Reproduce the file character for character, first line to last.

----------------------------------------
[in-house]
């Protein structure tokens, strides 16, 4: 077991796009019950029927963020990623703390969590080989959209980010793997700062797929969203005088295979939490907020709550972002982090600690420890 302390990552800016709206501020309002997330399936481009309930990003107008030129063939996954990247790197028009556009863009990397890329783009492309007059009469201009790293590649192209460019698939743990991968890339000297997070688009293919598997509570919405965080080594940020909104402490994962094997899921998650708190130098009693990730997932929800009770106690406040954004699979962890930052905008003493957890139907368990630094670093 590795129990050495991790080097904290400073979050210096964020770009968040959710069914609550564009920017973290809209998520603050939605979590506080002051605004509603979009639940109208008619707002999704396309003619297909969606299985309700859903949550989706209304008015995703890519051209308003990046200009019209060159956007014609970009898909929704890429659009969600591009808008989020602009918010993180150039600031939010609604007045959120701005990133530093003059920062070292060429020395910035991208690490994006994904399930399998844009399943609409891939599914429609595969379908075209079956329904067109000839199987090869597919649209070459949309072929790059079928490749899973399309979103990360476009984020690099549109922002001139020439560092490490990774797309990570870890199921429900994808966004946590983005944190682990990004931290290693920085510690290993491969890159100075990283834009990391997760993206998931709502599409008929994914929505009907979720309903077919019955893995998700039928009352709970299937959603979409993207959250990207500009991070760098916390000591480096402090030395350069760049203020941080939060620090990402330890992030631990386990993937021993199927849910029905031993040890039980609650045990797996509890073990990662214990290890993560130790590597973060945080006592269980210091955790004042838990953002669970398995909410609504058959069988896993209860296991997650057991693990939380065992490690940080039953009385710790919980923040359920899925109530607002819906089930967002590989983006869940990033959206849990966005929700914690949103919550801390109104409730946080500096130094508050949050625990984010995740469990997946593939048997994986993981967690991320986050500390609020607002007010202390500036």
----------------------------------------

[in-house]
């Protein structure tokens, strides 16, 4: 077991796009019950029927963020990623703390969590080989959209980010793997700062797929969203005088295979939490907020709550972002982090600690420890 302390990552800016709206501020309002997330399936481009309930990003107008030129063939996954990247790197028009556009863009990397890329783009492309007059009469201009790293590649192209460019698939743990991968890339000297997070688009293919598997509570919405965080080594940020909104402490994962094997899921998650708190130098009693990730997932929800009770106690406040954004699979962890930052905008003493957890139907368990630094670093 590795129990050495991790080097904290400073979050210096964020770009968040959710069914609550564009920017973290809209998520603050939605979590506080002051605004509603979009639940109208008619707002999704396309003619297909969606299985309700859903949550989706209304008015995703890519051209308003990046200009019209060159956007014609970009898909929704890429659009969600591009808008989020602009918010993180150039600031939010609604007045959120701005990133530093003059920062070292060429020395910035991208690490994006994904399930399998844009399943609409891939599914429609595969379908075209079956329904067109000839199987090869597919649209070459949309072929790059079928490749899973399309979103990360476009984020690099549109922002001139020439560092490490990774797309990570870890199921429900994808966004946590983005944190682990990004931290290693920085510690290993491969890159100075990283834009990391997760993206998931709502599409008929994914929505009907979720309903077919019955893995998700039928009352709970299937959603979409993207959250990207500009991070760098916390000591480096402090030395350069760049203020941080939060620090990402330890992030631990386990993937021993199927849910029905031993040890039980609650045990797996509890073990990662214990290890993560130790590597973060945080006592269980210091955790004042838990953002669970398995909410609504058959069988896993209860296991997650057991693990939380065992490690940080039953009385710790919980923040359920899925109530607002819906089930967002590989983006869940990033959206849990966005929700914690949103919550801390109104409730946080500096130094508050949050625990984010995740469990997946593939048997994986993981967690991320986050500390609020607002007010202390500036």